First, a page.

Kenduskeag Stream Canoe Race

Occupational Hazards

Camera rig by the side of a stream - photo by Michael Alden

So I had a good time at the Souadabscook Stream Canoe Race today, snapping photos of all the paddlers who had a rather tough time negotiating a tricky (but fun) set of rapids.

There's always an element of risk involved whenever a photographer brings expensive camera gear close to a body of water. A paddler cruised by and carelessly threw a gallon or more of water all over me and my camera rig while bailing his canoe. As a result, my 300mm telephoto lens isn't working, and it will have to be sent to Nikon for repairs.

(The photo above is of my actual camera rig by the stream - I took this snapshot just minutes before being completely doused.)

It was a honest mistake, of course. The paddler didn't even see me and so he has no idea that he totally ruined my day. And I should have placed some sort of protection over my lens to make it a bit more waterproof. I know better, but oh well. Live and learn.

By the way, check out my website for Maine whitewater races,, and you'll find photo galleries from these whitewater events leading up to the Kenduskeag!

Comments (4)

What NOT To Bring?


As a general rule of thumb, it's a good idea to leave behind anything you can't afford to lose if you're doing the race. Actually, I think this applies to boating in general.

Car keys and wallets are a biggie. Might want to leave those with a friend or someone you can trust ahead of the race for pickup later. Replacing the contents of your wallet is a mega-bummer. I've been there. And car keys? will you get home? Oh, a taxi. Great, but if you've also lost your wallet, you can't pay for one.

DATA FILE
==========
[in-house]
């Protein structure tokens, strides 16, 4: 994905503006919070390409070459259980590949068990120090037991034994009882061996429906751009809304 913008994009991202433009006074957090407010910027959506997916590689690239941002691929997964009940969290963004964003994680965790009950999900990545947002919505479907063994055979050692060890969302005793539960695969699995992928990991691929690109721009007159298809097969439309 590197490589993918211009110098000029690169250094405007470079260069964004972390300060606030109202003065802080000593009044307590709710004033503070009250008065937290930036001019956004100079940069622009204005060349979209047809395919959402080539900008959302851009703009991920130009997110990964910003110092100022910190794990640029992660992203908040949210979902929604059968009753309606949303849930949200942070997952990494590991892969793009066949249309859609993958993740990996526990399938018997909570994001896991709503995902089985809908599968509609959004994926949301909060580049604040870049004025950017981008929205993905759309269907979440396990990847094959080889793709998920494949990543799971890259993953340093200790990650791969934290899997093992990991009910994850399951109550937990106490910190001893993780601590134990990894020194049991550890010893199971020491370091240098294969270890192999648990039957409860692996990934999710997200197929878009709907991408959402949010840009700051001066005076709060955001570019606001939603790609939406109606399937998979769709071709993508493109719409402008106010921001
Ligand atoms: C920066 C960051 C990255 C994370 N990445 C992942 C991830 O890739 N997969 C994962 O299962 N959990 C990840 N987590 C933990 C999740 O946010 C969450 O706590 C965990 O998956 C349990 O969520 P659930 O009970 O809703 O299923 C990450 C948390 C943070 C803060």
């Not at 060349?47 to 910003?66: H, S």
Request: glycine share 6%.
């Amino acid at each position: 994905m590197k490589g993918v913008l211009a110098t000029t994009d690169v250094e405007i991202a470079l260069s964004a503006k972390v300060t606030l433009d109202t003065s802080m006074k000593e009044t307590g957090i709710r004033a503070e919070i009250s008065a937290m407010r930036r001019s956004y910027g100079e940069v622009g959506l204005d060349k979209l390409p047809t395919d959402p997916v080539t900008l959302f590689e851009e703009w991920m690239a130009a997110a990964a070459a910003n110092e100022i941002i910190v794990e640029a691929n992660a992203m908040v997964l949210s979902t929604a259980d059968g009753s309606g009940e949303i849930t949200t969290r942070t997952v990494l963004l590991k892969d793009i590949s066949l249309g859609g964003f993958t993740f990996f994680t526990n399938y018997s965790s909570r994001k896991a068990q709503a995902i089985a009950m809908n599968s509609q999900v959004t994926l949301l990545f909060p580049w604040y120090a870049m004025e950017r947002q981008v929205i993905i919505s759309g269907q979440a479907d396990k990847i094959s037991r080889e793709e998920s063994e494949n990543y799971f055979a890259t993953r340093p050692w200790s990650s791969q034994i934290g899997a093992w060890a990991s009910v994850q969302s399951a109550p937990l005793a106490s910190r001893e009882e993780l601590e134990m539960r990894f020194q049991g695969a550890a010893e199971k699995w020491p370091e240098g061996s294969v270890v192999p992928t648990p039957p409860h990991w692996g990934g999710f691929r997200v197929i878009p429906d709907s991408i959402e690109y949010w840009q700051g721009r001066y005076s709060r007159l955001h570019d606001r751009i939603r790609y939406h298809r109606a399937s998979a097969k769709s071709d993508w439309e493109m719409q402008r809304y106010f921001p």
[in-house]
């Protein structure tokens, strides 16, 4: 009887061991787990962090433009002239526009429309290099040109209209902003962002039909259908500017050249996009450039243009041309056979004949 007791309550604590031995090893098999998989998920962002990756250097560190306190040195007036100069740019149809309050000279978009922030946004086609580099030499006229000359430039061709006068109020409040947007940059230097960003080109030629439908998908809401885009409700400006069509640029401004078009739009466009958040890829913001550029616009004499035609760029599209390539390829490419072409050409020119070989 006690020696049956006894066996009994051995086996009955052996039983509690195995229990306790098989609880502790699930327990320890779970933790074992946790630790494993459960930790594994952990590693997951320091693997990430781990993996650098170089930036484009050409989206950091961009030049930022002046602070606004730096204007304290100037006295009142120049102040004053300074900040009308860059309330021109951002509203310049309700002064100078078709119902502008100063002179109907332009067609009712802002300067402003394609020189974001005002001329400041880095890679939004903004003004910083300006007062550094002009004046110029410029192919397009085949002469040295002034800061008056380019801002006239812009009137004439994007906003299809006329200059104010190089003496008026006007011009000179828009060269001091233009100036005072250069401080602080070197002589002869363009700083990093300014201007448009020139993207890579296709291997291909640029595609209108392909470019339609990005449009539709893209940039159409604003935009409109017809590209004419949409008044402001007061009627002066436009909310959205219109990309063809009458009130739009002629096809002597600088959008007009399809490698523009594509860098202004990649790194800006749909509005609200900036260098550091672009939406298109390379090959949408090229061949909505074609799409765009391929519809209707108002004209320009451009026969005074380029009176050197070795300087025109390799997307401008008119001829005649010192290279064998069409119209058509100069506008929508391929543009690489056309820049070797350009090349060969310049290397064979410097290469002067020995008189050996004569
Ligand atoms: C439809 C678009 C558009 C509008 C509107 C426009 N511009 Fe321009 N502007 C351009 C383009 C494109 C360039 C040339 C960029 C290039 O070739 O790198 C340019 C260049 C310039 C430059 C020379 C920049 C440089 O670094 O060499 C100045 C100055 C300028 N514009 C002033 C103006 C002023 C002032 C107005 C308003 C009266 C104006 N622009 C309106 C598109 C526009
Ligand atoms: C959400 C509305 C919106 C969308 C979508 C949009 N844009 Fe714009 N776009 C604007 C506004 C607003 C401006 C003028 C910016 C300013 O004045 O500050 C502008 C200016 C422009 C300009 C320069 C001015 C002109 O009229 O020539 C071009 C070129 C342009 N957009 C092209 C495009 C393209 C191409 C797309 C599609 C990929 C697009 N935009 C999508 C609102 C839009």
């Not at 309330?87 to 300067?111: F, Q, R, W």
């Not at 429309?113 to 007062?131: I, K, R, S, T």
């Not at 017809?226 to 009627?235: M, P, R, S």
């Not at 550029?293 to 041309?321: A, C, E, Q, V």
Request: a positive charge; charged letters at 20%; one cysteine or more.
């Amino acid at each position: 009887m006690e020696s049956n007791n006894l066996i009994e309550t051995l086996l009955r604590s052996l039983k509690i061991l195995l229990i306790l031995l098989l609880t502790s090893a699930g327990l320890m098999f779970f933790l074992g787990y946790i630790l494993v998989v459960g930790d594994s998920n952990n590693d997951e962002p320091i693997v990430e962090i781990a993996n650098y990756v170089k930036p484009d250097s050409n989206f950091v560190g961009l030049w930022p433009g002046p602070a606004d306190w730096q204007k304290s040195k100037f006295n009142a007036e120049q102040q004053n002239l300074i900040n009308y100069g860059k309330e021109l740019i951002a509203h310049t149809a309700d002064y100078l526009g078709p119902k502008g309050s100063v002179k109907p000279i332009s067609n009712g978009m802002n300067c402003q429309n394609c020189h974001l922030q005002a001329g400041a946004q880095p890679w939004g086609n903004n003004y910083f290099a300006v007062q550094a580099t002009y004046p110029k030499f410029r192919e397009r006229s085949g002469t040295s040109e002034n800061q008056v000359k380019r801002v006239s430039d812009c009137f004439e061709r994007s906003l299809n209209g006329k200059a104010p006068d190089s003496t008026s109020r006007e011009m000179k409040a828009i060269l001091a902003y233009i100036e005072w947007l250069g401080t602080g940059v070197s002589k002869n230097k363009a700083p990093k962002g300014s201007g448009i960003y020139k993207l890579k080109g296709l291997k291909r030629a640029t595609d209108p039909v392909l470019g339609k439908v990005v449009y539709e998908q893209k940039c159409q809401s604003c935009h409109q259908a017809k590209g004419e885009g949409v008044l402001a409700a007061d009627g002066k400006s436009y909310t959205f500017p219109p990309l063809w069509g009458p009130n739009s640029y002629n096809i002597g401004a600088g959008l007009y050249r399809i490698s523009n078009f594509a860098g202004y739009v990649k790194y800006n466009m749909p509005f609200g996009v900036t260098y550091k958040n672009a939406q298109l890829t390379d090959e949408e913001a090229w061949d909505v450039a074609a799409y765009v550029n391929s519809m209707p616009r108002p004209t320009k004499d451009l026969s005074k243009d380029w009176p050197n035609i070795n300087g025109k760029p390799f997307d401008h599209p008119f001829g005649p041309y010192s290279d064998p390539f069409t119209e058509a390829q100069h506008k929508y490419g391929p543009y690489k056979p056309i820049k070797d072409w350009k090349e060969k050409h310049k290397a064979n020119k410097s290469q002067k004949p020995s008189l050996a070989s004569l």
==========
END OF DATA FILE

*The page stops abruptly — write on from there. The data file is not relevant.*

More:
Cell phones and cameras are items many boaters like to bring along with them (myself included!) but if you don't need them, don't bring them. I know, you're probably going to bring them along anyway. Let's be practical about this!

If you must bring them you can at least take a few precautions. I use Pelican hard shell cases (see photo above) for cell phones and small digital cameras. They're great! Waterproof down to several feet and you have that hard plastic shell with the sponge foam lining inside for extra padding. Do I sound like an ad here? Sorry. It's just that I really like these things. I've seen them in various sporting goods stores.

Cost is between $12 and $30 depending on how large a case you buy, but it's worth it considering you often have hundreds of dollars invested in your electronics. There are cheaper solutions. Mini dry bags, for example, run about $10 a pop. They don't offer the same protection from bumps and bruises, but they are waterproof - or at least water resistant - and that might be all you need. Then there's the good ol' Ziploc bag. Well, it might work. Good luck with that...

Keep in mind, there's an odd chance you can lose your expensive goods whether they are protected or not! So that takes us back to the general rule of thumb: if you can't afford to lose it, don't bring it along in the first place.

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